Arctic Challenge for Sustainability Project

ArCS Blog

CAFF Board meets in Unalaska

Japan joined 9 other countries and 3 indigenous people’s organizations in a meeting of the Conservation of Arctic Flora and Fauna, the biodiversity working group of the Arctic Council, held in Dutch Harbor/Unalaska September 4-5.

During the meeting the CAFF Board examined the products of its working groups which included the status reports from its monitoring plan initiative, a work plan from CBird (a working group in which Japan is also a participant), a development plan from its newly formed invasive species groups, and a progress report and workplan from its migratory flyways group. Japan had an opportunity to show-case its seabird research on St. Lawrence Island and to meet with other researchers from Alaska. The Qawalangin tribe of Unalaska were gracious hosts; they held a welcome potluck and shared the islands wildlife, World War II, and Russian history with meeting participants.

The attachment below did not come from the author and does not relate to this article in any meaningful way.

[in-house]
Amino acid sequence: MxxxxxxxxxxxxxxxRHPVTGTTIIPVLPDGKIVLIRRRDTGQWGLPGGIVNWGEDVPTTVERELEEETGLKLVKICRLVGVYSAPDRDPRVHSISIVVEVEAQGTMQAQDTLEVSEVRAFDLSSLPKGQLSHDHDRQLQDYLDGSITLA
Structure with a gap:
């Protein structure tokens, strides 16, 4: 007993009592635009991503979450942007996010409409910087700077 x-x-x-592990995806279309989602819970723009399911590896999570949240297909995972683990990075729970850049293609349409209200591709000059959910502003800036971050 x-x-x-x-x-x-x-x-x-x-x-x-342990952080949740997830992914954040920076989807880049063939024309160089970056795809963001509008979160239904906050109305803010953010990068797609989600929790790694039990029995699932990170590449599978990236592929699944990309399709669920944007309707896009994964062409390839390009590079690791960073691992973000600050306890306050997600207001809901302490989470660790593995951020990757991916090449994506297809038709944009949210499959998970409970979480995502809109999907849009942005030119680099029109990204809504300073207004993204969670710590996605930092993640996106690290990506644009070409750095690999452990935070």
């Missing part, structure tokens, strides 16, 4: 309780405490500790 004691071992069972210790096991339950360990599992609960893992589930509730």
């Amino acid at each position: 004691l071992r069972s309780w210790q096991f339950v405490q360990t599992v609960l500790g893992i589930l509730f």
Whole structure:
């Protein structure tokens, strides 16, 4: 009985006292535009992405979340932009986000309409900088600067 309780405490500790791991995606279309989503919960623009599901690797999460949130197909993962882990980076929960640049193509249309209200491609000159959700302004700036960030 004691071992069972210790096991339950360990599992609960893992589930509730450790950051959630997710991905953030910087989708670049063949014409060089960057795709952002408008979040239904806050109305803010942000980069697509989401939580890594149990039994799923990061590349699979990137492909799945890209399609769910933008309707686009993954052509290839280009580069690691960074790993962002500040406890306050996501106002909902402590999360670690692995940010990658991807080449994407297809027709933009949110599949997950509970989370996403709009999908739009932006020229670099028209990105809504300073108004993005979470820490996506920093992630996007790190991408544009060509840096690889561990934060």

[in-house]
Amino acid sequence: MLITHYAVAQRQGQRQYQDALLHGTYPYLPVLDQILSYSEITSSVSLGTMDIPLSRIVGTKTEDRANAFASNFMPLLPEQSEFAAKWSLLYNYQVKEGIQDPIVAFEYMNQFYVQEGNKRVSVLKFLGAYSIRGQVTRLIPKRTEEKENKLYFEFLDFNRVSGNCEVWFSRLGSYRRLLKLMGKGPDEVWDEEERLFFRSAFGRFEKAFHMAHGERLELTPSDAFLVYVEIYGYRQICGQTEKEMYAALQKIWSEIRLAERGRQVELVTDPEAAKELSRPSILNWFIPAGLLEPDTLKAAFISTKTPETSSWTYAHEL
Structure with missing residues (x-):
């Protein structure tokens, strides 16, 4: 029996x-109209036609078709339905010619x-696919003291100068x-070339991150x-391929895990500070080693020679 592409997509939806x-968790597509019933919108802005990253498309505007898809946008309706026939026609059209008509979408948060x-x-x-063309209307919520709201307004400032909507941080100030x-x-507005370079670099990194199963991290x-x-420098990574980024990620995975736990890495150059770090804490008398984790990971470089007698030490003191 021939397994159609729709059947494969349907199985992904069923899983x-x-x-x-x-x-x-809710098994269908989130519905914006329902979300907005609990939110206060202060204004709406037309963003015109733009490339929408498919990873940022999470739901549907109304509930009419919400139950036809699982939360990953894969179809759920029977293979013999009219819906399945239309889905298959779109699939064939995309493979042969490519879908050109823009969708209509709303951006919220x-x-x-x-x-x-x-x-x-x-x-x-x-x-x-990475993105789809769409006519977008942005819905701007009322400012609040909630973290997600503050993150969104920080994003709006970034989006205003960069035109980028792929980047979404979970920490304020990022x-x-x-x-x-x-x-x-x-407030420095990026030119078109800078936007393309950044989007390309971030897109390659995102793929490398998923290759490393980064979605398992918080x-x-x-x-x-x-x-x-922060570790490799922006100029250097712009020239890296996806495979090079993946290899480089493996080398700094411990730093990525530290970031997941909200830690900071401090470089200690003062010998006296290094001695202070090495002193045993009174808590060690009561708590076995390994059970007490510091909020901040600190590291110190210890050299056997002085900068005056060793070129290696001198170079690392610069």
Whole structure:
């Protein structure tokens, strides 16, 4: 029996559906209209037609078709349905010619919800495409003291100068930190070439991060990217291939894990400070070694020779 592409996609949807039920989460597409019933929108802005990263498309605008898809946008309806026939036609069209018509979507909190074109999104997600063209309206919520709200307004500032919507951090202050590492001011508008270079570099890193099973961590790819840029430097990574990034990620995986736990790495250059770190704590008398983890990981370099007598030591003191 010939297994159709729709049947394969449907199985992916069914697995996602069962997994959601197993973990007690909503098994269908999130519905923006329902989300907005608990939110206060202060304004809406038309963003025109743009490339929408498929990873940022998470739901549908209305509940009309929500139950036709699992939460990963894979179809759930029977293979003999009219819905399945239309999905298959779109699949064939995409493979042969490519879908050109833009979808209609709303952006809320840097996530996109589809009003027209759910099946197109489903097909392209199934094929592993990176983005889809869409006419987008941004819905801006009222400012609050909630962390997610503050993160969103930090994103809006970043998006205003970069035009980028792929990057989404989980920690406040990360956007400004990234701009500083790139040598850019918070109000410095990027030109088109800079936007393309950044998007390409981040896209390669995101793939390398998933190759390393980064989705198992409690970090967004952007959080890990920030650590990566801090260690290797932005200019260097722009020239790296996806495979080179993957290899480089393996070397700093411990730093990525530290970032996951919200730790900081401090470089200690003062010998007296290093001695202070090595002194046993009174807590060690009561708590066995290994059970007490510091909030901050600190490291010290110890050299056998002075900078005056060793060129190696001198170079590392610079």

Alexis Will (NIPR / a member of Theme 6)

Most of the CAFF meeting participants, representing 10 countries and 3 indigenous people’s organizations, posed for a group photo outside of the Dutch Harbor airport.

The pink salmon or humpies were spawning, drawing eagles, fishing enthusiasts and tourists to the Iliuliuk River which runs through the middle of Unalaska.

Unusually calm and sunny weather made sitting inside for all-day meetings a challenge. Efficient work allowed from some evening fishing, bird-watching and whale-viewing.

A dawn trip up Mt. Ballyhoo gave meeting participants a chance to explore WWII infrastructure and enjoy the sunrise.